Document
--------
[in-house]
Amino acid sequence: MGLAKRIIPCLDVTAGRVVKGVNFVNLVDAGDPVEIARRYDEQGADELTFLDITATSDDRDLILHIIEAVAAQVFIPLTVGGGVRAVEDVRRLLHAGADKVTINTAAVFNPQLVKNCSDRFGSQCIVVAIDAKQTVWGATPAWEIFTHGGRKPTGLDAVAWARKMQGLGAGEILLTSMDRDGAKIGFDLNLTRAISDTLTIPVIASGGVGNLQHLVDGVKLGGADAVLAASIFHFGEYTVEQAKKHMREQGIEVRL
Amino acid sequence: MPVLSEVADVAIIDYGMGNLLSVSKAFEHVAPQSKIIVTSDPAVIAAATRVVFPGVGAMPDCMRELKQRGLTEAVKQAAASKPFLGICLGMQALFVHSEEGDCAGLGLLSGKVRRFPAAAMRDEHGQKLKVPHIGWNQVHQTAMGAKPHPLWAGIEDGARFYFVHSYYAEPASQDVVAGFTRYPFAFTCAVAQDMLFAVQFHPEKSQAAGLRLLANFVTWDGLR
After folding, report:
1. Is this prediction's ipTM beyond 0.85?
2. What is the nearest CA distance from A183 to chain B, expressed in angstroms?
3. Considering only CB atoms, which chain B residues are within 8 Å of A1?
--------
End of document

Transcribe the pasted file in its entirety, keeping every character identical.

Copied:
[in-house]
Amino acid sequence: MGLAKRIIPCLDVTAGRVVKGVNFVNLVDAGDPVEIARRYDEQGADELTFLDITATSDDRDLILHIIEAVAAQVFIPLTVGGGVRAVEDVRRLLHAGADKVTINTAAVFNPQLVKNCSDRFGSQCIVVAIDAKQTVWGATPAWEIFTHGGRKPTGLDAVAWARKMQGLGAGEILLTSMDRDGAKIGFDLNLTRAISDTLTIPVIASGGVGNLQHLVDGVKLGGADAVLAASIFHFGEYTVEQAKKHMREQGIEVRL
Amino acid sequence: MPVLSEVADVAIIDYGMGNLLSVSKAFEHVAPQSKIIVTSDPAVIAAATRVVFPGVGAMPDCMRELKQRGLTEAVKQAAASKPFLGICLGMQALFVHSEEGDCAGLGLLSGKVRRFPAAAMRDEHGQKLKVPHIGWNQVHQTAMGAKPHPLWAGIEDGARFYFVHSYYAEPASQDVVAGFTRYPFAFTCAVAQDMLFAVQFHPEKSQAAGLRLLANFVTWDGLR
After folding, report:
1. Is this prediction's ipTM beyond 0.85?
2. What is the nearest CA distance from A183 to chain B, expressed in angstroms?
3. Considering only CB atoms, which chain B residues are within 8 Å of A1?